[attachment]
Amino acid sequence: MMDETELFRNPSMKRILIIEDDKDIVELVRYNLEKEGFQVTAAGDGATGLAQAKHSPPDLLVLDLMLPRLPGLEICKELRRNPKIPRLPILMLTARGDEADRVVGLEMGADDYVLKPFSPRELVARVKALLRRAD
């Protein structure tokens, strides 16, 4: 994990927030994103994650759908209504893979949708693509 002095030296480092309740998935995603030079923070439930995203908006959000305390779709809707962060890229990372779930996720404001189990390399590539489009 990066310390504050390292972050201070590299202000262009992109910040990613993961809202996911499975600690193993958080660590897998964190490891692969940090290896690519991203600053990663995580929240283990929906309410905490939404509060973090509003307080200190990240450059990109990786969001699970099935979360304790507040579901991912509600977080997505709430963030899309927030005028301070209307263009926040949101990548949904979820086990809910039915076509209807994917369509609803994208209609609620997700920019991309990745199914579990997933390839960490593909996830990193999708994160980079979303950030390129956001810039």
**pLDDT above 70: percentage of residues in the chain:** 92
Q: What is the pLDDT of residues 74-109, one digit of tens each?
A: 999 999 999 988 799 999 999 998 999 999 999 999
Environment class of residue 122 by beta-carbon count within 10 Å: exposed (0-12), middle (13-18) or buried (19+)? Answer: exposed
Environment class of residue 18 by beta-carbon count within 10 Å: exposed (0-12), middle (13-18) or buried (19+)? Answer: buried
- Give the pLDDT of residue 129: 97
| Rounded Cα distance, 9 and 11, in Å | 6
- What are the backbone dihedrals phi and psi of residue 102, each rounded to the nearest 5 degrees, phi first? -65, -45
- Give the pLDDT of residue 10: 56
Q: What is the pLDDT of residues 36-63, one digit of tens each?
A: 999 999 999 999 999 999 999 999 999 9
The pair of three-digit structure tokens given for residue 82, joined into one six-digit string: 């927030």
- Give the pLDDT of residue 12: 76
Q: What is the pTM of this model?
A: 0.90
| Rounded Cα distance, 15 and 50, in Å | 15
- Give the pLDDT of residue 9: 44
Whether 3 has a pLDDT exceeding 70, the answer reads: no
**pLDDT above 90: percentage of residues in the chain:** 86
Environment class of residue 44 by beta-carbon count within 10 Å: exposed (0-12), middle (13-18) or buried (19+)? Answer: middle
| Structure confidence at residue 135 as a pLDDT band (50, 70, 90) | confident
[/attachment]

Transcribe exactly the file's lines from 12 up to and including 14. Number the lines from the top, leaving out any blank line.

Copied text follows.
Q: What is the pLDDT of residues 36-63, one digit of tens each?
A: 999 999 999 999 999 999 999 999 999 9
The pair of three-digit structure tokens given for residue 82, joined into one six-digit string: 């927030």